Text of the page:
particular, the two German courts seem to have For this purpose, we must put Europe before as little consulted the publicists of Germany, as us, which plainly is, just now, in all its parts, in their own true interests, and those of all the soa state of dismay, derangement, and confusion ; vereigns of Germany and Europe. This admisand, very possibly amongst all its sovereigns, full sion of a false principle in the law of nations of secret heart-burning, distrust, and mutual accu- brought them into an apparent contradiction, when sation. Perhaps it may labour under worse evils. they insisted on the re-establishment of the royal There is no vigour any where, except the distem authority in France. But this confused and conpered vigour and energy of France. That coun- tradictory proceeding gave rise to a practical try has but too much life in it, when every thing errour of worse consequence. It was derived around is so disposed to tameness and languor. from one and the same root; namely, that the The

very vices of the French system at home tend person of the monarch of France was every thing ; to give force to foreign exertions. The generals and the monarchy, and the intermediate orders of must join the armies. They must lead them to the state, by which the monarchy was upheld, enterprise, or they are likely to perish by their were nothing. So that if the united potentates hands. Thus, without law or government of her had succeeded so far, as to re-establish the authoown, France gives law to all the governments in rity of that king, and that he should be so illEurope.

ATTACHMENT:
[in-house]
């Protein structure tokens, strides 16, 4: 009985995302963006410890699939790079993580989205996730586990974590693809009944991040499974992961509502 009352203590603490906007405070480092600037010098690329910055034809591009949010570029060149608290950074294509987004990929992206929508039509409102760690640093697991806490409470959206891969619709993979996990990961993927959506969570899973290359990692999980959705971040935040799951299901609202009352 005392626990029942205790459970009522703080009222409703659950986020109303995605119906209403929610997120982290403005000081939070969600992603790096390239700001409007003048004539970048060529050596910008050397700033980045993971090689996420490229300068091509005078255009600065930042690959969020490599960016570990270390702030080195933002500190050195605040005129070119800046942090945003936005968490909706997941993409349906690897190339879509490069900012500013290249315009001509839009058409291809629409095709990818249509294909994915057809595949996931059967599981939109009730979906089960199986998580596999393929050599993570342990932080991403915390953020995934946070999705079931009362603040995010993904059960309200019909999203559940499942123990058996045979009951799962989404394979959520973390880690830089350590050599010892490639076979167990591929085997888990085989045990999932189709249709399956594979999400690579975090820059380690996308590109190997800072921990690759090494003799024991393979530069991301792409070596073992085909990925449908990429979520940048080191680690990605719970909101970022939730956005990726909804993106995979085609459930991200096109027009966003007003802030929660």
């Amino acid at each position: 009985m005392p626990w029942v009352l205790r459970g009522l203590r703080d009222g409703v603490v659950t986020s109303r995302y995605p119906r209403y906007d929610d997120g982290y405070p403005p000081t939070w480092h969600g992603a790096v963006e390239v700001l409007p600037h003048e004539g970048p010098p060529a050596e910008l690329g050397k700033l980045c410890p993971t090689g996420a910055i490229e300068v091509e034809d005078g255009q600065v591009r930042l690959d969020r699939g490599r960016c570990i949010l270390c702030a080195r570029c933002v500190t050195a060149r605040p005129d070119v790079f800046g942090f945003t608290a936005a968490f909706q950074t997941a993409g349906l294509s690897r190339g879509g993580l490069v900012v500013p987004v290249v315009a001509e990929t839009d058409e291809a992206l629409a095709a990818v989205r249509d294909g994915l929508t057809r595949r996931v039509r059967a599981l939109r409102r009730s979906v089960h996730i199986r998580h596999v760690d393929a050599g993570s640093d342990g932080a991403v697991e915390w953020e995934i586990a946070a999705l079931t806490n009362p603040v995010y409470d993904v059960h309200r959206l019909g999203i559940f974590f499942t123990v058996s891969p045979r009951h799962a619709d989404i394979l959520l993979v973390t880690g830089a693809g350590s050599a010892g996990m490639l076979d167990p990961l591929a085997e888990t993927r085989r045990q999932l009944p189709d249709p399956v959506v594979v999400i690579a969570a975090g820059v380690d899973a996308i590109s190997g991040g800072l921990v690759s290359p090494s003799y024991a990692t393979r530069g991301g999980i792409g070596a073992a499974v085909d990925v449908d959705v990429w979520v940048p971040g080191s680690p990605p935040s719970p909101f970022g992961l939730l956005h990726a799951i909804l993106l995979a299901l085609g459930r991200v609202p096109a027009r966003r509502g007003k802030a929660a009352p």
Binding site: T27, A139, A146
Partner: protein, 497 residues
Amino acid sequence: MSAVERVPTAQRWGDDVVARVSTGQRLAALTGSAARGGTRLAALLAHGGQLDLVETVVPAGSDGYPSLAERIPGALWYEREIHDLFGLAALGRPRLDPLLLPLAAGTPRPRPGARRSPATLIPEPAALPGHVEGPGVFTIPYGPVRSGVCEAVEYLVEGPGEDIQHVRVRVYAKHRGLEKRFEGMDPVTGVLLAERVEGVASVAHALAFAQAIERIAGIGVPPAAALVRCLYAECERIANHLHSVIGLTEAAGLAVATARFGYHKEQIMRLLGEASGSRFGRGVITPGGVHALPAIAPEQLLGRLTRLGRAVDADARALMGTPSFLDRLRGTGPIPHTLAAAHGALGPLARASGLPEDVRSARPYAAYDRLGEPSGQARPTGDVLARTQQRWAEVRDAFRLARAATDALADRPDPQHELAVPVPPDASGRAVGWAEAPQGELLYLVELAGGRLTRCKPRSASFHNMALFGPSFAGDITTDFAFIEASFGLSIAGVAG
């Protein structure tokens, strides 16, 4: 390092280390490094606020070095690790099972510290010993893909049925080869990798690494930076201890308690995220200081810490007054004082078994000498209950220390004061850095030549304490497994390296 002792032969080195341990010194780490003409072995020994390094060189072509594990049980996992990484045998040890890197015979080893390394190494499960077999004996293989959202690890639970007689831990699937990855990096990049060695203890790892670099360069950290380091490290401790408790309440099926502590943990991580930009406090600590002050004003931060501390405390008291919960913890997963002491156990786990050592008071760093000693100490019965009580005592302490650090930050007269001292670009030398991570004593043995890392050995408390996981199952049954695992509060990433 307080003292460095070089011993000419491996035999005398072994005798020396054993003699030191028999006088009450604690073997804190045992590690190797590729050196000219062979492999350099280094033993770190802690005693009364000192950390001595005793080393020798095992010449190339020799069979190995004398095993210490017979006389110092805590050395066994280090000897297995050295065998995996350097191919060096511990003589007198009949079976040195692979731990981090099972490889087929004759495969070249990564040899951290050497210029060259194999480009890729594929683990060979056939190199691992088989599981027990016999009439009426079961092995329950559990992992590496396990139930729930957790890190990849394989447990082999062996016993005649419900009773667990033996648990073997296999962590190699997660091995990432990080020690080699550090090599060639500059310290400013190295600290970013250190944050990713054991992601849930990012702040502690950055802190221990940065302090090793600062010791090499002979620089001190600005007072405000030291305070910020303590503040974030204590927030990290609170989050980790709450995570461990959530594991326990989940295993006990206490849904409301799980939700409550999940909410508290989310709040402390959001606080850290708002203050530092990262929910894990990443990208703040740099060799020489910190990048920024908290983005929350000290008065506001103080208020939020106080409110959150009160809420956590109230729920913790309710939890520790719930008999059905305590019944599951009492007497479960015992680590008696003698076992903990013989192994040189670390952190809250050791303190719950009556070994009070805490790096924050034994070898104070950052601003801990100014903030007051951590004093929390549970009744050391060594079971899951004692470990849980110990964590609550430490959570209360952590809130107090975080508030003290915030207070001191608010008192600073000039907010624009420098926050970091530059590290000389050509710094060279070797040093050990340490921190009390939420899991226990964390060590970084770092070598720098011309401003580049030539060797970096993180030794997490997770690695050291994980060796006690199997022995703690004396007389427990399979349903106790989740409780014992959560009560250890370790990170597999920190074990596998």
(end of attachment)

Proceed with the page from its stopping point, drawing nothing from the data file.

advised as to confirm all the confiscations, and to This great mass of political matter must have recognise as a lawful body, and to class himself been always under the views of thinkers for the with that rabble of murderers, (and there wanted publick, whether they act in officeor not. Amongst not persons who would so have advised him,) there events, even the late calamitous events were in was nothing in the principle or in the proceedthe book of contingency. Of course, they must ing of the united powers, to prevent such an arhave been in design, at least, provided for. A plan, rangement. which takes in as many as possible of the states An expedition to free a brother sovereign from concerned, will rather tend to facilitate and simplify prison was undoubtedly a generous and chivala rational scheme for preserving Spain, (if that were rous undertaking. But the spirit and generosity our sole, as I think it ought to be our principal, would not have been less, if the policy had been object,) than to delay and perplex it.